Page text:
There are many full-time professional counsellors and psychotherapists in private practice, others are attached to GPs surgeries and then there are the organisations set up to deal with specific types of crisis such as Relate for marital therapy and CRUSE for bereavement. It is also more common these days for large companies to offer some form of counselling to its employees. Stress is increasingly common as employers demand more from their workforce, and the increased risk of redundancy these days has brought a new type of pressure into many peoples’ lives. 

Hardly a day goes by without some mention in the press about the fact that “anyone can call themselves a ‘counsellor” (or other type of therapist). While this may be true, there are very few people who would actually set up in business in this way without having had some training. 

What is more likely, unfortunately, is that their training may not have been adequate. For this reason it is important to satisfy yourself about a few key points when selecting a therapist. 

This is not quite as tricky as it sounds (see below). We all make such decisions daily about how reputable or reliable a supplier of a service might be before entrusting, say, our children to nursery school or even our car to a garage. If the client should ever be dissatisfied it is important that the supplier of the service, whether therapy or tourism, is a member of a reputable governing body so that there is some right of redress. 

At some point in our lives we can all benefit from talking to someone outside our family or friends about something which is troubling us. This may be a long standing feeling of worry, anxiety or depression, or it may be something more immediate caused by the loss of a job, pressure at work, difficulty at home or some other sort of crisis. Studies have shown that as many as 40% of people in GPs surgeries are suffering some degree of mental distress, and could therefore benefit from some kind of therapy.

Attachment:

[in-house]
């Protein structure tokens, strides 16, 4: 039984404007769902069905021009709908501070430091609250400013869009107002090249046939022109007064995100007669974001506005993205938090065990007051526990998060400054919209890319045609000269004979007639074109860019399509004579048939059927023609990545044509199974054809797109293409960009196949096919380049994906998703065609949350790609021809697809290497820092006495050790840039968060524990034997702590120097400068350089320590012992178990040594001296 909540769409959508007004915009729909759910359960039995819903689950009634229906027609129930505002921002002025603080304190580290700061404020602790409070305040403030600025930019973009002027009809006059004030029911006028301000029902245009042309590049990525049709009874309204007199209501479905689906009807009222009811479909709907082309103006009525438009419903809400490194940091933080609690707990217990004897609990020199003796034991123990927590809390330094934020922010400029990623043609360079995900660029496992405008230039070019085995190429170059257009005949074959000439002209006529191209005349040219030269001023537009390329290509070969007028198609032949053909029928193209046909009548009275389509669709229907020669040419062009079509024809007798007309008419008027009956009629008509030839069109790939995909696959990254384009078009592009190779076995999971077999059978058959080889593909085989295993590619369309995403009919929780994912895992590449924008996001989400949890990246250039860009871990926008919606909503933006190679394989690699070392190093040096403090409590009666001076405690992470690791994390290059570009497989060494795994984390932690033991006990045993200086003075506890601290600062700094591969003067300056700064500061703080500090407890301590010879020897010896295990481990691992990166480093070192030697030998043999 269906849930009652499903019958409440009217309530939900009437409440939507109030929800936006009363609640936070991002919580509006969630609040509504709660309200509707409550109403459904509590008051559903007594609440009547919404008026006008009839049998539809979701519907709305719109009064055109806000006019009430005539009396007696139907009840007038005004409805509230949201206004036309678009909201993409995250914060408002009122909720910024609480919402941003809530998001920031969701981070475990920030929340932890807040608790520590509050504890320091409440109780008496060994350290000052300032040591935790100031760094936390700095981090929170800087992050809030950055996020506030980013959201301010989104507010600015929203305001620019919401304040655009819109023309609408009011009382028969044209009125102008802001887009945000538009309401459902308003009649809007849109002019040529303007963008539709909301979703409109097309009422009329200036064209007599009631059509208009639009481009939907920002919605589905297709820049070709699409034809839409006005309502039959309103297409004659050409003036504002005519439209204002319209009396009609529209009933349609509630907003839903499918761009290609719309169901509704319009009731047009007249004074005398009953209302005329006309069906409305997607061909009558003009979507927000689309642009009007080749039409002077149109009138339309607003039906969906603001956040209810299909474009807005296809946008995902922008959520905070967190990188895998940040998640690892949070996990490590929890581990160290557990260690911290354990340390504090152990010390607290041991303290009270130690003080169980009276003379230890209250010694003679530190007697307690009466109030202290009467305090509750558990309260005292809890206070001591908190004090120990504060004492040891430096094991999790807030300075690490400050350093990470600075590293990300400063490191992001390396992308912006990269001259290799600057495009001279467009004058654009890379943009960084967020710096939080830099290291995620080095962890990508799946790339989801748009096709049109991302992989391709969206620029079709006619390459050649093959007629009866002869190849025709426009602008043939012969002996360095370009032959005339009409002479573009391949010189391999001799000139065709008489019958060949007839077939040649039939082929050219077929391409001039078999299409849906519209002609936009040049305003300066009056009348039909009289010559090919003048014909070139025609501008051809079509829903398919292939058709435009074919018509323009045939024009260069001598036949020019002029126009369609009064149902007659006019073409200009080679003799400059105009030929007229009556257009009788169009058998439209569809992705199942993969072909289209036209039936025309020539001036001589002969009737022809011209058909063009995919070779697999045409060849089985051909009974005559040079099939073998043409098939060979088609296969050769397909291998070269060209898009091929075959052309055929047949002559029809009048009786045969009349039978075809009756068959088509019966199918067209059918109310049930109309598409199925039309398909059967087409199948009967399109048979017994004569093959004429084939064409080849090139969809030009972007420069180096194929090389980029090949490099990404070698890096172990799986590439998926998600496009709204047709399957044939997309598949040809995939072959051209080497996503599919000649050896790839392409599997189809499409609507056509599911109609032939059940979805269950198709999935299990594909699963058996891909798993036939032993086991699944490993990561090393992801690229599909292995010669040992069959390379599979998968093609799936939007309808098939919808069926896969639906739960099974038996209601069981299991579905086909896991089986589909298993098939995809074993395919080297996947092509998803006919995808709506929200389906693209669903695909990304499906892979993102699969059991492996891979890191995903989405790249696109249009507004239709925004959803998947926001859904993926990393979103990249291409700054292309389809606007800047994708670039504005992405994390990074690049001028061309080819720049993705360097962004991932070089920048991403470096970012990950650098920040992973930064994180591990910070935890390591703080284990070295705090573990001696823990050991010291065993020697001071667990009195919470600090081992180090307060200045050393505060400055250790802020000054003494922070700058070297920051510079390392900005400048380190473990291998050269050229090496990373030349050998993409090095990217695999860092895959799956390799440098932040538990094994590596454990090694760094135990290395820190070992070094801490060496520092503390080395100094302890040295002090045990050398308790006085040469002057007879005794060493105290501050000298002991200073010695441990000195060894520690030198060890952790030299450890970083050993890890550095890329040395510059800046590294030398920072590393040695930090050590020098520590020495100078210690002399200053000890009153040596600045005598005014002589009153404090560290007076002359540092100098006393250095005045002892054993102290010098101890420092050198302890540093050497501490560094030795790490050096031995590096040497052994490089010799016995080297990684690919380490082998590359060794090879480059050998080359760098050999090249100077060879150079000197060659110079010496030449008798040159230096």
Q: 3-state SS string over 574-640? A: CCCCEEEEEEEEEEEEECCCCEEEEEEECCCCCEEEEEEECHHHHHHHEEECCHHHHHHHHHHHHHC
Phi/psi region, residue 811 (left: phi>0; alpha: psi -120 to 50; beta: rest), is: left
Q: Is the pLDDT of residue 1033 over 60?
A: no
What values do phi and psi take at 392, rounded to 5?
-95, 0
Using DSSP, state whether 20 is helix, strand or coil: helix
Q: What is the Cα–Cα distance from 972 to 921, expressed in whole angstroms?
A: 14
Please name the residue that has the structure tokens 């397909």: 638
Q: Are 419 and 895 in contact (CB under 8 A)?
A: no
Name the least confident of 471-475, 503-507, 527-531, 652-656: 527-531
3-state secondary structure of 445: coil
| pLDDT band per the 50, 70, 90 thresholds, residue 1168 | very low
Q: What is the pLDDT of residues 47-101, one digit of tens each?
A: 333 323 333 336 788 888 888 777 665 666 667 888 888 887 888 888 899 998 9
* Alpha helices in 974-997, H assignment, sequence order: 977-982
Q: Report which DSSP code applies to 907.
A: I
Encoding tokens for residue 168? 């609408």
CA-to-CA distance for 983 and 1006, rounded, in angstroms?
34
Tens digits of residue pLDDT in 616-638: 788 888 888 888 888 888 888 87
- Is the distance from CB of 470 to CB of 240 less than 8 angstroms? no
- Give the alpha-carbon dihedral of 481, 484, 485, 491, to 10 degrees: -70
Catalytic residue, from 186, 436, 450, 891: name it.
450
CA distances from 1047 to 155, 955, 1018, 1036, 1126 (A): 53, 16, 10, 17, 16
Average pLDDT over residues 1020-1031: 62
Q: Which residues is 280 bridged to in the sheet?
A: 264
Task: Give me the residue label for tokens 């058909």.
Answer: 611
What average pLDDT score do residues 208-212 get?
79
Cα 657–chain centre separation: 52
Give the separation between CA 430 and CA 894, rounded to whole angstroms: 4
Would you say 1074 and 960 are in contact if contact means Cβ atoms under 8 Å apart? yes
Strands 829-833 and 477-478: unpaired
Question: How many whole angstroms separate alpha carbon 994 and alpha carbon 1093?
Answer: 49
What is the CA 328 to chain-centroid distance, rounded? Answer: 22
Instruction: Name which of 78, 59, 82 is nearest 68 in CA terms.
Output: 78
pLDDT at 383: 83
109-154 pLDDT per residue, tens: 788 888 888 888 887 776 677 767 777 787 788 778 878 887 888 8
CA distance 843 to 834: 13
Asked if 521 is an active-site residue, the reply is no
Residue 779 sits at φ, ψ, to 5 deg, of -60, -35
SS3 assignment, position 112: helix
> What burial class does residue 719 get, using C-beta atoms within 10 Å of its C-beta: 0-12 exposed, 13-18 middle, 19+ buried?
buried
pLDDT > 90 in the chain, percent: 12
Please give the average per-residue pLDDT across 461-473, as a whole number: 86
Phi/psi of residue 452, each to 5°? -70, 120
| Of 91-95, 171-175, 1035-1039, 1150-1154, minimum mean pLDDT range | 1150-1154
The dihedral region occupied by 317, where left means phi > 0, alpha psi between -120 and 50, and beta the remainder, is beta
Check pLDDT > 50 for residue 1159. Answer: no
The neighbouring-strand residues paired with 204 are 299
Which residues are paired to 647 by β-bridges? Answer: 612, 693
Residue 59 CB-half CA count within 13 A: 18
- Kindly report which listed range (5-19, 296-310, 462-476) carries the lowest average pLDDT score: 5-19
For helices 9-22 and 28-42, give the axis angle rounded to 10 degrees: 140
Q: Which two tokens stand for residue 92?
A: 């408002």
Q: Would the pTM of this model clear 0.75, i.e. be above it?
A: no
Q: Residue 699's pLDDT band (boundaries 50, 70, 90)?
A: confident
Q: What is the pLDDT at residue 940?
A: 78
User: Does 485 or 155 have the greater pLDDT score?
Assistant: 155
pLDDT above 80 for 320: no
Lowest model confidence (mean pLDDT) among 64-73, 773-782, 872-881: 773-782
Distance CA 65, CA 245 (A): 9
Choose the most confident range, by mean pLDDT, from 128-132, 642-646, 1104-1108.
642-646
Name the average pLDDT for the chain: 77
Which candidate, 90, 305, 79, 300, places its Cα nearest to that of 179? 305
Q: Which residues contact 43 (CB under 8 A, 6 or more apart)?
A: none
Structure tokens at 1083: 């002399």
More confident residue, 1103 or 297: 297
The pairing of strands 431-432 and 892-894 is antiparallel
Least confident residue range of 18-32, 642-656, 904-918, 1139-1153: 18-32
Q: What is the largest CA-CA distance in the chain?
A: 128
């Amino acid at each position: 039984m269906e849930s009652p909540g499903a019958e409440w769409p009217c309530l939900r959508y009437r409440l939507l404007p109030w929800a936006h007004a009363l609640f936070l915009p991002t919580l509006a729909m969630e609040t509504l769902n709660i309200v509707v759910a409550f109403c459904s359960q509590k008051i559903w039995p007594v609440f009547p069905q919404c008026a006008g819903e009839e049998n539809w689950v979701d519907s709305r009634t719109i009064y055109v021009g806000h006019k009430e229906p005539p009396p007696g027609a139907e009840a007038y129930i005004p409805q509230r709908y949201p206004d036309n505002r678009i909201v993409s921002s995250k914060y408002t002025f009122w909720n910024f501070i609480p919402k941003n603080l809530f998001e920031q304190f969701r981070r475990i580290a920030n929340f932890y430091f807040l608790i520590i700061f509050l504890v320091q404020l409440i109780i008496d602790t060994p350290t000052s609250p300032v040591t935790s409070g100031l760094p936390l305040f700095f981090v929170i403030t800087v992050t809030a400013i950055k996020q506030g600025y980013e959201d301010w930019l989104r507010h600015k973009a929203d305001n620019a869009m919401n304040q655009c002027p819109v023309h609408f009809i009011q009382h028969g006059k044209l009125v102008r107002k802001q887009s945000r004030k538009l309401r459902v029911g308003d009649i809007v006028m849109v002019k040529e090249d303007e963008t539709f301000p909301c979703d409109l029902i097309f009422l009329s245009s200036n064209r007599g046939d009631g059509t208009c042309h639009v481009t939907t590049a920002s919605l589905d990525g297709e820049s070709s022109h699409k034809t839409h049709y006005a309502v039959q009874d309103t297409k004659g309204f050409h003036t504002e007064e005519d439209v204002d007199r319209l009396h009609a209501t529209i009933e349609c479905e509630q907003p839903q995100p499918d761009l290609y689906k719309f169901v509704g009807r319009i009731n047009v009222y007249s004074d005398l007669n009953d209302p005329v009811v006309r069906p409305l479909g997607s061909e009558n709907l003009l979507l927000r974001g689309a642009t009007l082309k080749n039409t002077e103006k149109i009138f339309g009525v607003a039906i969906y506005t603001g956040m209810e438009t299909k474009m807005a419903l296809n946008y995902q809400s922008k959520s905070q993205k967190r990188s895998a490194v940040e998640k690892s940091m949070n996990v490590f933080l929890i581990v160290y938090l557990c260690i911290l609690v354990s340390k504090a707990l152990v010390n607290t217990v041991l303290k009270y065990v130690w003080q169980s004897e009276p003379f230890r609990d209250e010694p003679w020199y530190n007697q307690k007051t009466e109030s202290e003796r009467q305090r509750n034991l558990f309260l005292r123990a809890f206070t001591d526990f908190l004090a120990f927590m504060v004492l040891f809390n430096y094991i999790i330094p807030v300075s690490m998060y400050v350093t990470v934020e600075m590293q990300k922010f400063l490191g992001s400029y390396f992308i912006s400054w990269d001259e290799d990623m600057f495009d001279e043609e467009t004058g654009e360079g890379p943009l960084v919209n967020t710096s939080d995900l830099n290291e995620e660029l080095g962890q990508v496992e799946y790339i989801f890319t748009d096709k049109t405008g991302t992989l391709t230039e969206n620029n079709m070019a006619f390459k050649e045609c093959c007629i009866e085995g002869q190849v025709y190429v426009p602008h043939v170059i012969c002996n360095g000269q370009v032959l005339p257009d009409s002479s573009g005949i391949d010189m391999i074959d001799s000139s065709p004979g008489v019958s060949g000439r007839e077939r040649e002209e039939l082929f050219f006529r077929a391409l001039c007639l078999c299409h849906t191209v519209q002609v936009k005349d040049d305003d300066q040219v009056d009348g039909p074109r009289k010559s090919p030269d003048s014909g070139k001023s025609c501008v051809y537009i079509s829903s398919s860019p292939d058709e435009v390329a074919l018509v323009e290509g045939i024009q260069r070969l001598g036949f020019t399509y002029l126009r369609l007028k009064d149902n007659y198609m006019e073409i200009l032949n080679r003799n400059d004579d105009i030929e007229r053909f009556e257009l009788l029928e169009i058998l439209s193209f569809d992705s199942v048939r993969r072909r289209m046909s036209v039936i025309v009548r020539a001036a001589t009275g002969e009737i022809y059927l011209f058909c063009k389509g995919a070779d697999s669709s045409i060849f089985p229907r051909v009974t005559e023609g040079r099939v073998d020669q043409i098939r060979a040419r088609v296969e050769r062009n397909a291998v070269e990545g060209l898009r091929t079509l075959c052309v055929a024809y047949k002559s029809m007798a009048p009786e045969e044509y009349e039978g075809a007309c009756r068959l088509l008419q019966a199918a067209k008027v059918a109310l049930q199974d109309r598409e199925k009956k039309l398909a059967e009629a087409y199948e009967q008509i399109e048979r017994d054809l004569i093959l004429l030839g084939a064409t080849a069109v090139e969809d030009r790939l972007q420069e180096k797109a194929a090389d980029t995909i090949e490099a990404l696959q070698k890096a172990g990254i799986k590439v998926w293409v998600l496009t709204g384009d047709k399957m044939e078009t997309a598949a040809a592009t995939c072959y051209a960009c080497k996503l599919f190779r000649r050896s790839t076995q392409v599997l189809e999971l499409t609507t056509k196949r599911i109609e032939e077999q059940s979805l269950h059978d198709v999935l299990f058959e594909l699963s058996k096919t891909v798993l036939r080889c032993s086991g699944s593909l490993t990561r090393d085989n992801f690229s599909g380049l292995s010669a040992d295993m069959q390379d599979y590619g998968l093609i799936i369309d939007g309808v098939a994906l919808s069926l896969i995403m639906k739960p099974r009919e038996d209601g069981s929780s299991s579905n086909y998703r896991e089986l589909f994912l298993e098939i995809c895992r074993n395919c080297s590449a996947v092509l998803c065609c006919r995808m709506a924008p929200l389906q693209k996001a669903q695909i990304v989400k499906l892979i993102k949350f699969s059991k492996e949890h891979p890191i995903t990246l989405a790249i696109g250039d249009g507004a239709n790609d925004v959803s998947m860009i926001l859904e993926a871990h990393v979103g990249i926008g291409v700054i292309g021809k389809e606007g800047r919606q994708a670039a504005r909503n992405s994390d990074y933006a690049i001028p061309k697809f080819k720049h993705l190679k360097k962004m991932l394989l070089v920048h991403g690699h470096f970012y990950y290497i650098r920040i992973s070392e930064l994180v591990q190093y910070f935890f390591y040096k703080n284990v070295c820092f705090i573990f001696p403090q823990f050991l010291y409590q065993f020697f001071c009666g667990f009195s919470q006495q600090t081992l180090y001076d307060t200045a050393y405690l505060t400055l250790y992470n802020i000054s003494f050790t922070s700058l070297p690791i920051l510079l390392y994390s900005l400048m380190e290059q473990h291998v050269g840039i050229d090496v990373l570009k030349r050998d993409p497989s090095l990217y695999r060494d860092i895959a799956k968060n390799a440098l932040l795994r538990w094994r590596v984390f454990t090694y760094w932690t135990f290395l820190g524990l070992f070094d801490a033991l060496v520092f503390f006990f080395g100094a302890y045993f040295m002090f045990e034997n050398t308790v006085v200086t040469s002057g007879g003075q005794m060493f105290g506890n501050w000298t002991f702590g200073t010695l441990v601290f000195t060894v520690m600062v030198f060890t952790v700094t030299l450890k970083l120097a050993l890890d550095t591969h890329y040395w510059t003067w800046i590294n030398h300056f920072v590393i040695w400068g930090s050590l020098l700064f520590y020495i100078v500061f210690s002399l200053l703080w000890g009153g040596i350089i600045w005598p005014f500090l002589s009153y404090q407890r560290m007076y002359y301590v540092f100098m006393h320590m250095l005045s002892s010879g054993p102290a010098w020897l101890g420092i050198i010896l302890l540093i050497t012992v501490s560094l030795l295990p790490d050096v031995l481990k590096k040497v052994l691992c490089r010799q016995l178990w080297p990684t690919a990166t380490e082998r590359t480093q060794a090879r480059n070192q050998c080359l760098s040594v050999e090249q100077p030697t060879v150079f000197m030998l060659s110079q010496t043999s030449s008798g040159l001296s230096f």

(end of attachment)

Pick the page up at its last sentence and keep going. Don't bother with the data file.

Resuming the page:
Increasing need

Since 1945, there has been a ten-fold increase in depression, and many conditions – asthma, some skin conditions, migraine and hypertension among them – are known to be triggered or aggravated by worry or stress. Many doctors are taking more interest in the view that all illnesses can be helped by some form of treatment that affects the whole person. This means the mind as well as the body. 

The reasons for this increased demand are easy to see. Fifty years ago society lived at a more leisurely pace, people moved about less so we had better support structures from family and friends, doctors had the time to speak to us about our ills rather than the standard seven minutes or so they are allowed today, and we would have been far more likely to discuss problems with the parish priest. 

Coupled with this we now have increased expectations of the ‘quick fix. TV and the media show us daily how the other half lives and we make increasing demands on ourselves to improve the material quality of our lives, often at the expense of the ‘inner person’. Counsellors and psychotherapists have therefore become a vital part of our culture. 

Different schools of therapy 

There are said to be over 300 variants of psychotherapy (Feltham & Dryden 1993), and many different schools of counselling. All should respect the importance of the client’s autonomy, and are usually arranged around weekly sessions of an hour. Charges vary from services which are free (though many therapists feel that some payment is important as it secures commitment to the process by the client), to £50.00 per session or more. It is probably fair to say that on average the fees charged by qualified therapists range between £20.00 and £40.00, and many will make reductions for the unemployed and people on low incomes. 

There are three main schools to which all therapies derive their methods and practice:

The Psychodynamic model is based on the inner drives and conflicts of the mind. Psychodynamic counsellors will pay particular attention to what clients say about their past and important figures in their lives, and the ways in which past relationships may impact on the client/therapist relationship. Emphasis tends to be in the unconscious rather than on the reality of here and now issues.